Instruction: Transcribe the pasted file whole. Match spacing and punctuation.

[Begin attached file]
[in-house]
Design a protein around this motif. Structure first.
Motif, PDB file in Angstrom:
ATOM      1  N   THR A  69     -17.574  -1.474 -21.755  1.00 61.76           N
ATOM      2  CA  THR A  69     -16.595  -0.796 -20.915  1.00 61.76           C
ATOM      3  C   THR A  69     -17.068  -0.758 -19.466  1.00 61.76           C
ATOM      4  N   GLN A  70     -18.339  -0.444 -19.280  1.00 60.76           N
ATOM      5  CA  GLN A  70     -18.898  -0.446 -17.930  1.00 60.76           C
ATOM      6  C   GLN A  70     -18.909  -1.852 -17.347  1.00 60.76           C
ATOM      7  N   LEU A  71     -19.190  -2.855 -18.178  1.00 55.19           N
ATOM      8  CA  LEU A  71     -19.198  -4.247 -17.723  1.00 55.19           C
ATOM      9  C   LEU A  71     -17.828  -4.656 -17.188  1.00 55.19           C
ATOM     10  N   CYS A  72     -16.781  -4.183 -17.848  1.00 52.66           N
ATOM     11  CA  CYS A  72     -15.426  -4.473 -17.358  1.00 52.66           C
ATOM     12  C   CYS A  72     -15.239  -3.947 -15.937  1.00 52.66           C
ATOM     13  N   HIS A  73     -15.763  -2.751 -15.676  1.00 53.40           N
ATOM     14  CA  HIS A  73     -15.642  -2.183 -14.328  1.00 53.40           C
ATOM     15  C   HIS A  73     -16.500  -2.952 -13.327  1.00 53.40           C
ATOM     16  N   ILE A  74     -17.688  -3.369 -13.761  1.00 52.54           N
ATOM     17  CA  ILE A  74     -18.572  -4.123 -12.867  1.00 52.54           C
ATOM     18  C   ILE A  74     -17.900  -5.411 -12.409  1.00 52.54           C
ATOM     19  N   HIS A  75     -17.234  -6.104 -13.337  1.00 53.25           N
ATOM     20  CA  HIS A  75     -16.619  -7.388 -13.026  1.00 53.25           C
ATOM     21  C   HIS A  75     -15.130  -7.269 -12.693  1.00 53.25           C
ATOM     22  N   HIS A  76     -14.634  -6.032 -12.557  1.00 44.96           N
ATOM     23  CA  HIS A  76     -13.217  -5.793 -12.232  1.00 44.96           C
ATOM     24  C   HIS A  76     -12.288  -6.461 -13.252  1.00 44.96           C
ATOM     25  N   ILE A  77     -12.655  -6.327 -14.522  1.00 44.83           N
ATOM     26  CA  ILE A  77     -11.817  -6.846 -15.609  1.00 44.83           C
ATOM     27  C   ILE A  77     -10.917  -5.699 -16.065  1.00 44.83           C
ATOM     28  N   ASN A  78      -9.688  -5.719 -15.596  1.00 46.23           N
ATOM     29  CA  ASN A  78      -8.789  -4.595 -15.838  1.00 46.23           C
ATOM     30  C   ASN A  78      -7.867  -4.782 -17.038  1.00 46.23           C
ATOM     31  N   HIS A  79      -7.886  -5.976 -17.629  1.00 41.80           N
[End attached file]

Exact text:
[in-house]
Design a protein around this motif. Structure first.
Motif, PDB file in Angstrom:
ATOM      1  N   THR A  69     -17.574  -1.474 -21.755  1.00 61.76           N
ATOM      2  CA  THR A  69     -16.595  -0.796 -20.915  1.00 61.76           C
ATOM      3  C   THR A  69     -17.068  -0.758 -19.466  1.00 61.76           C
ATOM      4  N   GLN A  70     -18.339  -0.444 -19.280  1.00 60.76           N
ATOM      5  CA  GLN A  70     -18.898  -0.446 -17.930  1.00 60.76           C
ATOM      6  C   GLN A  70     -18.909  -1.852 -17.347  1.00 60.76           C
ATOM      7  N   LEU A  71     -19.190  -2.855 -18.178  1.00 55.19           N
ATOM      8  CA  LEU A  71     -19.198  -4.247 -17.723  1.00 55.19           C
ATOM      9  C   LEU A  71     -17.828  -4.656 -17.188  1.00 55.19           C
ATOM     10  N   CYS A  72     -16.781  -4.183 -17.848  1.00 52.66           N
ATOM     11  CA  CYS A  72     -15.426  -4.473 -17.358  1.00 52.66           C
ATOM     12  C   CYS A  72     -15.239  -3.947 -15.937  1.00 52.66           C
ATOM     13  N   HIS A  73     -15.763  -2.751 -15.676  1.00 53.40           N
ATOM     14  CA  HIS A  73     -15.642  -2.183 -14.328  1.00 53.40           C
ATOM     15  C   HIS A  73     -16.500  -2.952 -13.327  1.00 53.40           C
ATOM     16  N   ILE A  74     -17.688  -3.369 -13.761  1.00 52.54           N
ATOM     17  CA  ILE A  74     -18.572  -4.123 -12.867  1.00 52.54           C
ATOM     18  C   ILE A  74     -17.900  -5.411 -12.409  1.00 52.54           C
ATOM     19  N   HIS A  75     -17.234  -6.104 -13.337  1.00 53.25           N
ATOM     20  CA  HIS A  75     -16.619  -7.388 -13.026  1.00 53.25           C
ATOM     21  C   HIS A  75     -15.130  -7.269 -12.693  1.00 53.25           C
ATOM     22  N   HIS A  76     -14.634  -6.032 -12.557  1.00 44.96           N
ATOM     23  CA  HIS A  76     -13.217  -5.793 -12.232  1.00 44.96           C
ATOM     24  C   HIS A  76     -12.288  -6.461 -13.252  1.00 44.96           C
ATOM     25  N   ILE A  77     -12.655  -6.327 -14.522  1.00 44.83           N
ATOM     26  CA  ILE A  77     -11.817  -6.846 -15.609  1.00 44.83           C
ATOM     27  C   ILE A  77     -10.917  -5.699 -16.065  1.00 44.83           C
ATOM     28  N   ASN A  78      -9.688  -5.719 -15.596  1.00 46.23           N
ATOM     29  CA  ASN A  78      -8.789  -4.595 -15.838  1.00 46.23           C
ATOM     30  C   ASN A  78      -7.867  -4.782 -17.038  1.00 46.23           C
ATOM     31  N   HIS A  79      -7.886  -5.976 -17.629  1.00 41.80           N